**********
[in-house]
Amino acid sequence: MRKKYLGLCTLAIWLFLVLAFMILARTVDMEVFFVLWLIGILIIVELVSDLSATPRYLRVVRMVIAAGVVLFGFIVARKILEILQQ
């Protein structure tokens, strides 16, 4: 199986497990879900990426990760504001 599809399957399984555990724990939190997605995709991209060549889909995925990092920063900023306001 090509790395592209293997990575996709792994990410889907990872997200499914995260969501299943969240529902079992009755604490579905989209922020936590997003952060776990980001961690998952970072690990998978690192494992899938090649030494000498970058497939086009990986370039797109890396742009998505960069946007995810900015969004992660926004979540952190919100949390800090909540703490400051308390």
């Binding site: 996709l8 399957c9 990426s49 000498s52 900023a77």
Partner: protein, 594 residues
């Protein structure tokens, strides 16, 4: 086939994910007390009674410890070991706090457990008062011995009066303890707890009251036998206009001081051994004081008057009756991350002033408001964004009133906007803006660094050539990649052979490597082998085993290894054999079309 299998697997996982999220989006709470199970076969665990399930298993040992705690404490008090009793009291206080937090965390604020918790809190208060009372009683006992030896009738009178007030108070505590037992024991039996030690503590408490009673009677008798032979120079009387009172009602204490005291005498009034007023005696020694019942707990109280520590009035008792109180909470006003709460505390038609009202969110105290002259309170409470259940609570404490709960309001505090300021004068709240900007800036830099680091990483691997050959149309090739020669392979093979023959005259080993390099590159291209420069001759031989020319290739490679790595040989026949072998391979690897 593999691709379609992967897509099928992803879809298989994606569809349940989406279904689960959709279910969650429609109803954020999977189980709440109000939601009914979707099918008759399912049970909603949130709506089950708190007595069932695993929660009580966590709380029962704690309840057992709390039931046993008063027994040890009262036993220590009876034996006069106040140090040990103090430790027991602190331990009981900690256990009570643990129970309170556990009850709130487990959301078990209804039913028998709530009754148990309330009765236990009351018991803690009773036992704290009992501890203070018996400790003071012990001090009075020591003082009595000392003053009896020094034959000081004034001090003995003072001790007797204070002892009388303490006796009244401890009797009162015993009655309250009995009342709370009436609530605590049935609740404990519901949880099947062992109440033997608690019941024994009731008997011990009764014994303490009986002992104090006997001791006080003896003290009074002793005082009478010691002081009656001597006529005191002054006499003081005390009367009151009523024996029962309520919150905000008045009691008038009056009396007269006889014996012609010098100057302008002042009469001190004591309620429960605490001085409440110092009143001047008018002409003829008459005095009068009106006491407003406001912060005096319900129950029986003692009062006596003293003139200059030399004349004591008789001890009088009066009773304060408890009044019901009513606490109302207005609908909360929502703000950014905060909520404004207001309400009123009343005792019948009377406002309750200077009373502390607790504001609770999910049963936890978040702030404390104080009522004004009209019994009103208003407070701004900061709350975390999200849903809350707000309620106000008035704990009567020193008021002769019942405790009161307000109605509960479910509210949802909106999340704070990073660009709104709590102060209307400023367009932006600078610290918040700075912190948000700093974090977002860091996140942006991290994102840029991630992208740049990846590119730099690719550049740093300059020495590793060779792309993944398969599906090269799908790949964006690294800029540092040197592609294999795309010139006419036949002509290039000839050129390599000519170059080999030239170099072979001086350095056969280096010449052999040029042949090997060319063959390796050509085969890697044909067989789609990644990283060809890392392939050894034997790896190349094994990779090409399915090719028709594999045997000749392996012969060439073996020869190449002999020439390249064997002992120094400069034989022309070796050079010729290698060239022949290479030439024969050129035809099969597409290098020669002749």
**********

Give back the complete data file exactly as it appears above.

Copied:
[in-house]
Amino acid sequence: MRKKYLGLCTLAIWLFLVLAFMILARTVDMEVFFVLWLIGILIIVELVSDLSATPRYLRVVRMVIAAGVVLFGFIVARKILEILQQ
């Protein structure tokens, strides 16, 4: 199986497990879900990426990760504001 599809399957399984555990724990939190997605995709991209060549889909995925990092920063900023306001 090509790395592209293997990575996709792994990410889907990872997200499914995260969501299943969240529902079992009755604490579905989209922020936590997003952060776990980001961690998952970072690990998978690192494992899938090649030494000498970058497939086009990986370039797109890396742009998505960069946007995810900015969004992660926004979540952190919100949390800090909540703490400051308390």
């Binding site: 996709l8 399957c9 990426s49 000498s52 900023a77």
Partner: protein, 594 residues
């Protein structure tokens, strides 16, 4: 086939994910007390009674410890070991706090457990008062011995009066303890707890009251036998206009001081051994004081008057009756991350002033408001964004009133906007803006660094050539990649052979490597082998085993290894054999079309 299998697997996982999220989006709470199970076969665990399930298993040992705690404490008090009793009291206080937090965390604020918790809190208060009372009683006992030896009738009178007030108070505590037992024991039996030690503590408490009673009677008798032979120079009387009172009602204490005291005498009034007023005696020694019942707990109280520590009035008792109180909470006003709460505390038609009202969110105290002259309170409470259940609570404490709960309001505090300021004068709240900007800036830099680091990483691997050959149309090739020669392979093979023959005259080993390099590159291209420069001759031989020319290739490679790595040989026949072998391979690897 593999691709379609992967897509099928992803879809298989994606569809349940989406279904689960959709279910969650429609109803954020999977189980709440109000939601009914979707099918008759399912049970909603949130709506089950708190007595069932695993929660009580966590709380029962704690309840057992709390039931046993008063027994040890009262036993220590009876034996006069106040140090040990103090430790027991602190331990009981900690256990009570643990129970309170556990009850709130487990959301078990209804039913028998709530009754148990309330009765236990009351018991803690009773036992704290009992501890203070018996400790003071012990001090009075020591003082009595000392003053009896020094034959000081004034001090003995003072001790007797204070002892009388303490006796009244401890009797009162015993009655309250009995009342709370009436609530605590049935609740404990519901949880099947062992109440033997608690019941024994009731008997011990009764014994303490009986002992104090006997001791006080003896003290009074002793005082009478010691002081009656001597006529005191002054006499003081005390009367009151009523024996029962309520919150905000008045009691008038009056009396007269006889014996012609010098100057302008002042009469001190004591309620429960605490001085409440110092009143001047008018002409003829008459005095009068009106006491407003406001912060005096319900129950029986003692009062006596003293003139200059030399004349004591008789001890009088009066009773304060408890009044019901009513606490109302207005609908909360929502703000950014905060909520404004207001309400009123009343005792019948009377406002309750200077009373502390607790504001609770999910049963936890978040702030404390104080009522004004009209019994009103208003407070701004900061709350975390999200849903809350707000309620106000008035704990009567020193008021002769019942405790009161307000109605509960479910509210949802909106999340704070990073660009709104709590102060209307400023367009932006600078610290918040700075912190948000700093974090977002860091996140942006991290994102840029991630992208740049990846590119730099690719550049740093300059020495590793060779792309993944398969599906090269799908790949964006690294800029540092040197592609294999795309010139006419036949002509290039000839050129390599000519170059080999030239170099072979001086350095056969280096010449052999040029042949090997060319063959390796050509085969890697044909067989789609990644990283060809890392392939050894034997790896190349094994990779090409399915090719028709594999045997000749392996012969060439073996020869190449002999020439390249064997002992120094400069034989022309070796050079010729290698060239022949290479030439024969050129035809099969597409290098020669002749």